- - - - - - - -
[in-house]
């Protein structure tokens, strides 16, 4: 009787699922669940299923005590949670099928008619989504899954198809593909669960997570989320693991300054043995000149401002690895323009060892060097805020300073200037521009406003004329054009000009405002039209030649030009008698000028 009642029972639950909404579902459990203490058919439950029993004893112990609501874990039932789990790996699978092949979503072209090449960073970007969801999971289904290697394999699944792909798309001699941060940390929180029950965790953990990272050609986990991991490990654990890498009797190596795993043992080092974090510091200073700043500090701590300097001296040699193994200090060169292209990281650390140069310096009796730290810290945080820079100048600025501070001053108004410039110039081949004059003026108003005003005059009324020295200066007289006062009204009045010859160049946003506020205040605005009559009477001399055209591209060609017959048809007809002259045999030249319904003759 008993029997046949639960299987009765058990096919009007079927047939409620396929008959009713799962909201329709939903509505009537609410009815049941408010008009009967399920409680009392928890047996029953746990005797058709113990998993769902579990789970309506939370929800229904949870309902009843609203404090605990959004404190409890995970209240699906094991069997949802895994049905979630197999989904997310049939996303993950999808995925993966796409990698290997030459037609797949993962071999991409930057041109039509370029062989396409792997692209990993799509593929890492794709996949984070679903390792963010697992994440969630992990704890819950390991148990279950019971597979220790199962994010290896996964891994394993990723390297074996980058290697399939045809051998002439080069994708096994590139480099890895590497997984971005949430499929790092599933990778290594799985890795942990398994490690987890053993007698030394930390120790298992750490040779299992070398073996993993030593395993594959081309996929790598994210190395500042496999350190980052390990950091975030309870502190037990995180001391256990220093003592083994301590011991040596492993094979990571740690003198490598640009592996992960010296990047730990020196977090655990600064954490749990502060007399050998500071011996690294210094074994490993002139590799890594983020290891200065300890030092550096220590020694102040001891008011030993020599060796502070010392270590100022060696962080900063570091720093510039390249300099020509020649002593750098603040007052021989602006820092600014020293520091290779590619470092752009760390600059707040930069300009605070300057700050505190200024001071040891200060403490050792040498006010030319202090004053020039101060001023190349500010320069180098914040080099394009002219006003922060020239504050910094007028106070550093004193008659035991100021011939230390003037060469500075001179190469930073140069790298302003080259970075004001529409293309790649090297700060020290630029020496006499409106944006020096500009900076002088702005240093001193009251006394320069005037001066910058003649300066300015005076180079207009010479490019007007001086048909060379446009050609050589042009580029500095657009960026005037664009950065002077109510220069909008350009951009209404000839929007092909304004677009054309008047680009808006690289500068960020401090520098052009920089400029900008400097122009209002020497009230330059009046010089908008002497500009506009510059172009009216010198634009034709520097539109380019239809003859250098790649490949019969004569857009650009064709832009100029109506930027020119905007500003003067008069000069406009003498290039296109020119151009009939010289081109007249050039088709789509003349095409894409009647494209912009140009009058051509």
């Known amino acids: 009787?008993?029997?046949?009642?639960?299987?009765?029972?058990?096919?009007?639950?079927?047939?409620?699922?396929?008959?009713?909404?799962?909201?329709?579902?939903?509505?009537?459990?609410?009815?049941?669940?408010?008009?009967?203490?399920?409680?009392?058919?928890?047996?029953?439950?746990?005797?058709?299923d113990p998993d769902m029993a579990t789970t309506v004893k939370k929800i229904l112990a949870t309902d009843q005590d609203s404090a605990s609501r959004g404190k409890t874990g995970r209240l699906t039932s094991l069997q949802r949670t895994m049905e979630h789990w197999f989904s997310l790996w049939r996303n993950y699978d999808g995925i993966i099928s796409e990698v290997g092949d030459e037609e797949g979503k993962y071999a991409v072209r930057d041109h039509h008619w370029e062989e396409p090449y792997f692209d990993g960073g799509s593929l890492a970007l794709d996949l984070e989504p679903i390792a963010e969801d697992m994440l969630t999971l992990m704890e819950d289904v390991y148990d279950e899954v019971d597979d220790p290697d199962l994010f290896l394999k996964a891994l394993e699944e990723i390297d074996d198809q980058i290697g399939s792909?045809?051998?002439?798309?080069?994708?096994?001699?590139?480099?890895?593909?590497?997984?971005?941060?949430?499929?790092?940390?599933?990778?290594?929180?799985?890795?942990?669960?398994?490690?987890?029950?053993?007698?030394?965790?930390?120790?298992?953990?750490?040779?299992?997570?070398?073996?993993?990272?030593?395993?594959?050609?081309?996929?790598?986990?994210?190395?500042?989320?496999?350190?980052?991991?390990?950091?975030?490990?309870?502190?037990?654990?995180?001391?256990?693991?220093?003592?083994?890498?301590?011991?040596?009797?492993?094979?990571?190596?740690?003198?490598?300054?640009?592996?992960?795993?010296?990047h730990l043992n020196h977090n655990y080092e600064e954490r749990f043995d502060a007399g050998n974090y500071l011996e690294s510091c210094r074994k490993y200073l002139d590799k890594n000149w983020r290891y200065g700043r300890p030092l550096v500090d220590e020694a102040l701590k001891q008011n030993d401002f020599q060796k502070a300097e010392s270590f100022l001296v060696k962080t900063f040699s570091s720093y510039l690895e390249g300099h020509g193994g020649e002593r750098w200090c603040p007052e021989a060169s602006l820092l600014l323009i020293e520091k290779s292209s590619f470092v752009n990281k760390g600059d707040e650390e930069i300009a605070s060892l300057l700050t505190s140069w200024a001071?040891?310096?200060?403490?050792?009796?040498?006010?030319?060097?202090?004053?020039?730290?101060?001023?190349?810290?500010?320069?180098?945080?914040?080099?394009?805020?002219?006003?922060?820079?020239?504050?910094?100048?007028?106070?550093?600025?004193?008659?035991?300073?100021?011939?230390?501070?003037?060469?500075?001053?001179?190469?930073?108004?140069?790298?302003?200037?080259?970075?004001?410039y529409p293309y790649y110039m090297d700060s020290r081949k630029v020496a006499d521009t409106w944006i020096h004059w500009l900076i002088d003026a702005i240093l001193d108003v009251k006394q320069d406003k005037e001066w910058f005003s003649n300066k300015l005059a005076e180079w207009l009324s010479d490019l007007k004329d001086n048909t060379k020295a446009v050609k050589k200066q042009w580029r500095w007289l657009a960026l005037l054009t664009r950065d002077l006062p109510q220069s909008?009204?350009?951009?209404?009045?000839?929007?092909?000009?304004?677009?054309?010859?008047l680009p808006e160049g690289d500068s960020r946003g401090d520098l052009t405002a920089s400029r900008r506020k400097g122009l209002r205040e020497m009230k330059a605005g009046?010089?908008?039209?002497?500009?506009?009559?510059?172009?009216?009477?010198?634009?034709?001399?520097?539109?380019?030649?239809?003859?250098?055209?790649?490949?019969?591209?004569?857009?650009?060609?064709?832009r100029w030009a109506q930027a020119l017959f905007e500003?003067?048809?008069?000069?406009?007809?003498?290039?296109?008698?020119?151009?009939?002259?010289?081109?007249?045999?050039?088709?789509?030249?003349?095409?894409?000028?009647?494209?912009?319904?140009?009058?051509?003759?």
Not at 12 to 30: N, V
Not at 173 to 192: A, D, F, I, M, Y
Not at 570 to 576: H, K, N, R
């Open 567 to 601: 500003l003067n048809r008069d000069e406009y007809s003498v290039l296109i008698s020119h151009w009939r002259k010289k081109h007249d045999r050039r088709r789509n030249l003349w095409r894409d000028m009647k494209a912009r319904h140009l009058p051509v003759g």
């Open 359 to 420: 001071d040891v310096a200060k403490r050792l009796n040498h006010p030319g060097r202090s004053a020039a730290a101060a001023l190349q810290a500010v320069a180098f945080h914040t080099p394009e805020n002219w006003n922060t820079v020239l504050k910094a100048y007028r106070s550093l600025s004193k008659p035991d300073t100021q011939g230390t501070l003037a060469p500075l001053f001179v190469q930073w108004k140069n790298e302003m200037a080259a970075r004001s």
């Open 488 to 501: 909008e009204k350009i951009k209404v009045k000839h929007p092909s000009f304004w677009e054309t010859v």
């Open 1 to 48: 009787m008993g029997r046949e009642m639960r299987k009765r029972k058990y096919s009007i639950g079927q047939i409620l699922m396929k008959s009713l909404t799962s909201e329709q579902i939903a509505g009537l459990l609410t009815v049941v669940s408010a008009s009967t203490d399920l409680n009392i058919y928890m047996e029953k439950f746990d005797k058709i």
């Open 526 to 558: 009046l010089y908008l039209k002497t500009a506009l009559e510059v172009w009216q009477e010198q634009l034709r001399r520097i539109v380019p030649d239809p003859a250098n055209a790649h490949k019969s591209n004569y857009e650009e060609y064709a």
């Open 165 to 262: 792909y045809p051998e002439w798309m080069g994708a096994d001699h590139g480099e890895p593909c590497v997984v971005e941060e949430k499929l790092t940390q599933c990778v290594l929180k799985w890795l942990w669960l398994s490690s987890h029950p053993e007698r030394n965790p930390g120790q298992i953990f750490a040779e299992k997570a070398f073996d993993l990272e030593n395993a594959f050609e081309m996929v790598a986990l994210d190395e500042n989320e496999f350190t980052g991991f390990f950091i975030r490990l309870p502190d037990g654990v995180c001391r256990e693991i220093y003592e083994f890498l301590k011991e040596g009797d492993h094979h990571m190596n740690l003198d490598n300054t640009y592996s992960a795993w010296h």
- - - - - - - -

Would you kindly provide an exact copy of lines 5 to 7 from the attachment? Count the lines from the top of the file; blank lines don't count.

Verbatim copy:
Not at 173 to 192: A, D, F, I, M, Y
Not at 570 to 576: H, K, N, R
């Open 567 to 601: 500003l003067n048809r008069d000069e406009y007809s003498v290039l296109i008698s020119h151009w009939r002259k010289k081109h007249d045999r050039r088709r789509n030249l003349w095409r894409d000028m009647k494209a912009r319904h140009l009058p051509v003759g």